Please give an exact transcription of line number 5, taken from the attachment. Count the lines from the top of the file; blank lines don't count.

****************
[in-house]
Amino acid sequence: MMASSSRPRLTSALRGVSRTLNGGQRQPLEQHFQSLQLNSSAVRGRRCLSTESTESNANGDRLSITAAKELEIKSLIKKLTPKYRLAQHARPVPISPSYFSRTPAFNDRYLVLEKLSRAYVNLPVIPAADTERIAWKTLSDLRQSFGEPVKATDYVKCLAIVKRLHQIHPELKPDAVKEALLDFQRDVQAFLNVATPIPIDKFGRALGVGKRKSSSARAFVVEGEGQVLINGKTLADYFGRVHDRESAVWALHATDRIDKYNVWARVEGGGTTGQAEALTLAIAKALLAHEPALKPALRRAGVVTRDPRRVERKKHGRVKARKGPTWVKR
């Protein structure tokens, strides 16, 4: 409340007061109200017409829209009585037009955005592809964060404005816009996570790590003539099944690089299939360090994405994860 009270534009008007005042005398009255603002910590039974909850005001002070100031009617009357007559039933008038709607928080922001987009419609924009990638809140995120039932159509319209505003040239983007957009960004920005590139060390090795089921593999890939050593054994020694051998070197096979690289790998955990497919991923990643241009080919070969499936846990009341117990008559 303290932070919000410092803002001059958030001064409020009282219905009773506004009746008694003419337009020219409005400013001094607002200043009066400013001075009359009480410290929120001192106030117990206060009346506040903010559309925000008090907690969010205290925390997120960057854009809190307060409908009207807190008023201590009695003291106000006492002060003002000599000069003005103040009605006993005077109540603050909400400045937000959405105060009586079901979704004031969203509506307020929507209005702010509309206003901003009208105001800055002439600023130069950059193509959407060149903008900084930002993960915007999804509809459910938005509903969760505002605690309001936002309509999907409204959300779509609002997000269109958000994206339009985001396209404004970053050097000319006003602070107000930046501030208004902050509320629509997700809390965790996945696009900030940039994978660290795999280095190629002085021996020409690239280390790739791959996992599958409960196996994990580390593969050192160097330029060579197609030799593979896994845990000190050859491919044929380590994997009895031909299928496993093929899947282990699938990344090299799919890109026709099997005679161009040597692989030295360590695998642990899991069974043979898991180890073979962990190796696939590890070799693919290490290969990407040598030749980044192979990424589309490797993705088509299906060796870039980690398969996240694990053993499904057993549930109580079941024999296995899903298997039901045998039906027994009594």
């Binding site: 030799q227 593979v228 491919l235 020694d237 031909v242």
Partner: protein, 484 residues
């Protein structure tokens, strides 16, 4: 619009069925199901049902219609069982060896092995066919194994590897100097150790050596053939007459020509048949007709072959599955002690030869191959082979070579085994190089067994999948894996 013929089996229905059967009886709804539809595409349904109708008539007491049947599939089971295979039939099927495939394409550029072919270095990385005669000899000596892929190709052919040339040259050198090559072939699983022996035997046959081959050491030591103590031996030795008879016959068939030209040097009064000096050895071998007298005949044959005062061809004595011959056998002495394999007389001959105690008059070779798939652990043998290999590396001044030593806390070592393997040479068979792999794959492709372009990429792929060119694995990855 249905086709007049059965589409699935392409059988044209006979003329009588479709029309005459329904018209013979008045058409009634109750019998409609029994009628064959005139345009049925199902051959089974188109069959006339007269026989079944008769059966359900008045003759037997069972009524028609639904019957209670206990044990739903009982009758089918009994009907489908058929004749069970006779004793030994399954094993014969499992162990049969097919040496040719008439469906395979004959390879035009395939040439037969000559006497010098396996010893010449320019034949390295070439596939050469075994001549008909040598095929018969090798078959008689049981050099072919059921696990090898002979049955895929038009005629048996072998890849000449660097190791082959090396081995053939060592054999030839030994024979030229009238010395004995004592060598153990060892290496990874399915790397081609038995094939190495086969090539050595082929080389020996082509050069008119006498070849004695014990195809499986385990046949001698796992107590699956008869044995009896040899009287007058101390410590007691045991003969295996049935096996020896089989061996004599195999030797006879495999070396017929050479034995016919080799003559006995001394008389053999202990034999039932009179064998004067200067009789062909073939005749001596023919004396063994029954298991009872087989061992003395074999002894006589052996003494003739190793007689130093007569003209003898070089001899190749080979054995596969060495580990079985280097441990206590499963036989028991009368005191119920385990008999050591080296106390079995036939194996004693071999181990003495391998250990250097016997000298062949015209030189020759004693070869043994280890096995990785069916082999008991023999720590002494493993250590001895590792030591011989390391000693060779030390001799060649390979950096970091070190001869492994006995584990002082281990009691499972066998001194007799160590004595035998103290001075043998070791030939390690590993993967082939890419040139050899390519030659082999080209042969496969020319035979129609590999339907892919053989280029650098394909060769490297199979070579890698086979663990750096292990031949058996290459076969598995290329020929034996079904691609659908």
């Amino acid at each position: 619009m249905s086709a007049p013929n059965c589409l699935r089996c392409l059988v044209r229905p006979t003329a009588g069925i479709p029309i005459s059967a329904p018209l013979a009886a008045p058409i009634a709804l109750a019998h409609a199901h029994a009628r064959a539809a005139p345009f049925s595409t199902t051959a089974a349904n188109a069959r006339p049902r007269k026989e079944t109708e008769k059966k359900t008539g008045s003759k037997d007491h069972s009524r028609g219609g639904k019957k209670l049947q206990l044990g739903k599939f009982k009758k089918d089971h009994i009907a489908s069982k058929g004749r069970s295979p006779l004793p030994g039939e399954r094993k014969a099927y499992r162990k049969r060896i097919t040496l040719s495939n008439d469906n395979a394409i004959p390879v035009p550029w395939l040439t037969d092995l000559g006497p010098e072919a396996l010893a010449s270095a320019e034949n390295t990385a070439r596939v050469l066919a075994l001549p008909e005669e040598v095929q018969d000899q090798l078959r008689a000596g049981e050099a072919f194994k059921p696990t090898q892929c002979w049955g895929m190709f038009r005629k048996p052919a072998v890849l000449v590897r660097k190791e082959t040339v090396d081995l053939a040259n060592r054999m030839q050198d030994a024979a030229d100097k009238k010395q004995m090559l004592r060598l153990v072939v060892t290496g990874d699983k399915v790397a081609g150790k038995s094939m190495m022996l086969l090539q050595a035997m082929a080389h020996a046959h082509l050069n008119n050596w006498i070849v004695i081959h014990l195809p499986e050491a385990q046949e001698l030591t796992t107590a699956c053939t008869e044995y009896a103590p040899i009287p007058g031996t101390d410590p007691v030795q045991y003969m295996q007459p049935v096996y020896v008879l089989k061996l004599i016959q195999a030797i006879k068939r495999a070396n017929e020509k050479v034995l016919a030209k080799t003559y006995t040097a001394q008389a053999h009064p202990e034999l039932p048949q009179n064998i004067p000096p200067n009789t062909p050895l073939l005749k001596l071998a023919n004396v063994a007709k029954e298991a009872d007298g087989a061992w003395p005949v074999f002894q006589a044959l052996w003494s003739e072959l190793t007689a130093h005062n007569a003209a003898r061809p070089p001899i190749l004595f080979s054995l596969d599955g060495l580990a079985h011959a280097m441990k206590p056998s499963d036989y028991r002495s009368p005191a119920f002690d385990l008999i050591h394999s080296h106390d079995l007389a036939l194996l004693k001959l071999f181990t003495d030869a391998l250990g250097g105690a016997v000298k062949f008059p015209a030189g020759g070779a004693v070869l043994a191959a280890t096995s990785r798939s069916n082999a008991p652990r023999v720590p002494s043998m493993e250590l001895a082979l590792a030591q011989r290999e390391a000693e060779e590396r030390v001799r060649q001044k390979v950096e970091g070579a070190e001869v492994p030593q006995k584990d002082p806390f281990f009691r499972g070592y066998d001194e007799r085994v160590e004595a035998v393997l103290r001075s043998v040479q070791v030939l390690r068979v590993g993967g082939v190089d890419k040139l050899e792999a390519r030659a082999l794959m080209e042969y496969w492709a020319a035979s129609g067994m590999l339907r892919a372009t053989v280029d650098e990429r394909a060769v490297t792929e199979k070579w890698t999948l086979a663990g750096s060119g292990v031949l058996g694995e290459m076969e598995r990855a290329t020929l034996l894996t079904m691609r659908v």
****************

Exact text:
Partner: protein, 484 residues